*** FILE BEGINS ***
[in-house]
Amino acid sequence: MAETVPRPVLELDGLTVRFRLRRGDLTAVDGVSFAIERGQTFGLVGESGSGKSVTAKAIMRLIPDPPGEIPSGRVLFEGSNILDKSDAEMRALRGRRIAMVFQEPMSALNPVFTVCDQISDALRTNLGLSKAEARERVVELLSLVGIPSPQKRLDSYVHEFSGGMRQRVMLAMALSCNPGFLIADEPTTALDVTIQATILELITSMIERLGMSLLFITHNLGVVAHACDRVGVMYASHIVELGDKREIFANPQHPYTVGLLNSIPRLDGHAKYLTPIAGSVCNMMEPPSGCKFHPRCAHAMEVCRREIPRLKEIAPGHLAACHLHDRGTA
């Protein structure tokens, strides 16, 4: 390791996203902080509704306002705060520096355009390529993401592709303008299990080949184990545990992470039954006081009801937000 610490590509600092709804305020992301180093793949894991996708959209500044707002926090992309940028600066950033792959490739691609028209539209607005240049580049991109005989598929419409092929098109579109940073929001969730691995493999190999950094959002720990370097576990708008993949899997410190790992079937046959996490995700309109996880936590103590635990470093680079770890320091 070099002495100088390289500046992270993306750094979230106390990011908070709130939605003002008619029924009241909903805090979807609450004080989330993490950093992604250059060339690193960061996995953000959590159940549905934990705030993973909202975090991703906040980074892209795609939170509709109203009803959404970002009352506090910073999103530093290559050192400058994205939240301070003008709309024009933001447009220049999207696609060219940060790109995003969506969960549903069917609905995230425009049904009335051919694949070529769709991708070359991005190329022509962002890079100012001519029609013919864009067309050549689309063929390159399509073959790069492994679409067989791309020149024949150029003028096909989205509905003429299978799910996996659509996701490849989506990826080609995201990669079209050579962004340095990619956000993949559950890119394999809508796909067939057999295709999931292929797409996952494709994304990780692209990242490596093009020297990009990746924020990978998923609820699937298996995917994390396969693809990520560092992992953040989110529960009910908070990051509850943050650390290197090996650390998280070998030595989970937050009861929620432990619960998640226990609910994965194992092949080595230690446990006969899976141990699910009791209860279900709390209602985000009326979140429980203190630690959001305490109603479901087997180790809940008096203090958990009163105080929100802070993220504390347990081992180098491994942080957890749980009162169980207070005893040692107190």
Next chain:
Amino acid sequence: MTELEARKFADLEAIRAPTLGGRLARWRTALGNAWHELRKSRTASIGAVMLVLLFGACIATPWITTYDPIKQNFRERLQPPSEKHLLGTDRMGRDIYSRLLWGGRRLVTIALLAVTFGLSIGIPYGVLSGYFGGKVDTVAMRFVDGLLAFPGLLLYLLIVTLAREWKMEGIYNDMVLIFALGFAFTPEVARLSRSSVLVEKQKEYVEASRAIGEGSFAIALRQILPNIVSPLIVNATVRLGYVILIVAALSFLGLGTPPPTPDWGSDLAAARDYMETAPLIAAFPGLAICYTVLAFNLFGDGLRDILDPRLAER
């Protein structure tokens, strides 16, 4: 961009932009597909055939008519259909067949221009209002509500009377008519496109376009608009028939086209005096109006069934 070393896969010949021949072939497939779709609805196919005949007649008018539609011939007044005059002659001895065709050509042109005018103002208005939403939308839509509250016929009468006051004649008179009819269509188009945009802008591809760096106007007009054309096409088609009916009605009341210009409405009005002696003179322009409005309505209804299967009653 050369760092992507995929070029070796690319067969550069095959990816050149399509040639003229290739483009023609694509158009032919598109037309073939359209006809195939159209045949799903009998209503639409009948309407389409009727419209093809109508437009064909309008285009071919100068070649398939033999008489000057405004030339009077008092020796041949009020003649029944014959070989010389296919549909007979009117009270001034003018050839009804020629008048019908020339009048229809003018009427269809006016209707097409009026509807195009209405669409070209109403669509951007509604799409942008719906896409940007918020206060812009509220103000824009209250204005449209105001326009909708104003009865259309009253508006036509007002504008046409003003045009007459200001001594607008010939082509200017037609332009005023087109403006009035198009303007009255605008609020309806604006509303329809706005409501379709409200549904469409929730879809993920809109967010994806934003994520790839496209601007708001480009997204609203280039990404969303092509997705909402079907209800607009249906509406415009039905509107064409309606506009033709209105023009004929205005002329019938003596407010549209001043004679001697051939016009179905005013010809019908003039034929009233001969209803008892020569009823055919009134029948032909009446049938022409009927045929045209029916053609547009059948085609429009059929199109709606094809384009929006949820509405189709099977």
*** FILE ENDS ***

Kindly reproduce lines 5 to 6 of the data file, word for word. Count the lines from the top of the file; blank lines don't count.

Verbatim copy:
Amino acid sequence: MTELEARKFADLEAIRAPTLGGRLARWRTALGNAWHELRKSRTASIGAVMLVLLFGACIATPWITTYDPIKQNFRERLQPPSEKHLLGTDRMGRDIYSRLLWGGRRLVTIALLAVTFGLSIGIPYGVLSGYFGGKVDTVAMRFVDGLLAFPGLLLYLLIVTLAREWKMEGIYNDMVLIFALGFAFTPEVARLSRSSVLVEKQKEYVEASRAIGEGSFAIALRQILPNIVSPLIVNATVRLGYVILIVAALSFLGLGTPPPTPDWGSDLAAARDYMETAPLIAAFPGLAICYTVLAFNLFGDGLRDILDPRLAER
């Protein structure tokens, strides 16, 4: 961009932009597909055939008519259909067949221009209002509500009377008519496109376009608009028939086209005096109006069934 070393896969010949021949072939497939779709609805196919005949007649008018539609011939007044005059002659001895065709050509042109005018103002208005939403939308839509509250016929009468006051004649008179009819269509188009945009802008591809760096106007007009054309096409088609009916009605009341210009409405009005002696003179322009409005309505209804299967009653 050369760092992507995929070029070796690319067969550069095959990816050149399509040639003229290739483009023609694509158009032919598109037309073939359209006809195939159209045949799903009998209503639409009948309407389409009727419209093809109508437009064909309008285009071919100068070649398939033999008489000057405004030339009077008092020796041949009020003649029944014959070989010389296919549909007979009117009270001034003018050839009804020629008048019908020339009048229809003018009427269809006016209707097409009026509807195009209405669409070209109403669509951007509604799409942008719906896409940007918020206060812009509220103000824009209250204005449209105001326009909708104003009865259309009253508006036509007002504008046409003003045009007459200001001594607008010939082509200017037609332009005023087109403006009035198009303007009255605008609020309806604006509303329809706005409501379709409200549904469409929730879809993920809109967010994806934003994520790839496209601007708001480009997204609203280039990404969303092509997705909402079907209800607009249906509406415009039905509107064409309606506009033709209105023009004929205005002329019938003596407010549209001043004679001697051939016009179905005013010809019908003039034929009233001969209803008892020569009823055919009134029948032909009446049938022409009927045929045209029916053609547009059948085609429009059929199109709606094809384009929006949820509405189709099977």